March 8, International Women's Day - Zoom Webinar
We are settling in well to the new year, but just like everyone else, in recovery mode from, 2020 and the eruption of COVID-19! which affected our activities at Femme International. We mainly work with communities, schools, and due to lockdown it was not easy to implement activities as the schools were closed, people were scared, and finally, the financial issue!. Our programming and operations are still highly reliant on your donations, and with the challenges the globe was facing during the pandemic, it was not our best donation year, (don't worry, we totally understand!).
To learn more about how we’ve been keeping this March 8th, International women’s day, Join us on a live webinar featuring our Managing Director, Florence Akara; Rachael Ouko, and Sia Towo, our Country Managers, Kenya, and Tanzania, respectively.
Periods, however, don't stop for pandemics, and we won't either! We have continued our work, facilitating workshops using our Technical Brief for post-pandemic workshops which we developed in May, last year, as well as strictly complying with directives from the Ministry of Health about social distancing, wearing masks, and washing/sanitizing hands. Programming in Tanzania was not much affected by lock-down or government regulations; a catch 22 for our team in Tanzania, because it allowed our programming to proceed with little/slight interruption. We assure you that our team is keeping safe, at all times! Check out our stylish branded masks! Psssttt... You can also buy one, to support us! Message us on email@example.com, if you are interested.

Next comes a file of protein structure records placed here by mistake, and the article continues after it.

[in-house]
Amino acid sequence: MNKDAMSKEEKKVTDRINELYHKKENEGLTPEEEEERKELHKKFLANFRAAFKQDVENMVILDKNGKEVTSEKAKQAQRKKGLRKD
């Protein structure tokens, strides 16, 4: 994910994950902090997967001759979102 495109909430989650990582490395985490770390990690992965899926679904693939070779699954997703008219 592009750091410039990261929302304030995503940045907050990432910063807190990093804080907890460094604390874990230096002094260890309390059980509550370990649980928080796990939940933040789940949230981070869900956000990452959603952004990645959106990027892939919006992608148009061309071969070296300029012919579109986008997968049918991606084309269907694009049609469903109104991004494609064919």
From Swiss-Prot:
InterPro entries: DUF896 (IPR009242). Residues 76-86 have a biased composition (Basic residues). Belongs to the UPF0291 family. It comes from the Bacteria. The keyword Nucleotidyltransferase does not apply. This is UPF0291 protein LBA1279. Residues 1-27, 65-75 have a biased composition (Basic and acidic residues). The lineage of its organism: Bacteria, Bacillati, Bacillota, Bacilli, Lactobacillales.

In Kenya, however, since COVID-19! started, and lock-down was enforced, the challenges of managing menstruation, and accessing menstrual products, have been even more evident. We were able to reach participants in workshops implemented through our technical brief, and provide them with access to menstrual and sexual reproductive health education, as well as distributed our handy Femme Kits which contain a sustainable menstrual product option that would reduce the need for the repeated month by month costs, and movement, that menstruators normally have to endure. In addition to learning from our participants about how they manage their periods during the pandemic, we also learned the following:
- Single-use disposable menstrual products, particularly during the pandemic are not easily accessible, and more specifically that they are unaffordable options in this time where priorities for everyone shifted drastically. The food vs menstruation dilemma menstruators in East Africa continues being severely affected during this time.
- Access to medical facilities was a challenge because of the reduced movement during the lockdown, especially for something not considered a life-threat or illness; PERIOD PAIN!.
- Perhaps the toughest challenge for most menstruators was the inaccessibility of water, and soap, especially for those living in the slums; which usually only have a few water points that are privately owned, and require a facility fee (daily or monthly cost). In addition, most of the wash facilities lack containers to dispose of disposable menstrual products and are connected to nearby rivers for easy drainage causing even more pollution. The facilities also limit the menstruator’s privacy.
Twaweza Menstrual Health Workshops
This past quarter, we reached 200 girls in Kenya, and 405 girls in Tanzania, direct programme beneficiaries who received full education and menstrual kits. We also reached a total of 265 indirect beneficiaries in both countries (not including print, radio, and social media audiences). If you do not yet follow us on social media, now is the chance to do it! Instagram, Twitter, Facebook, Linkedin.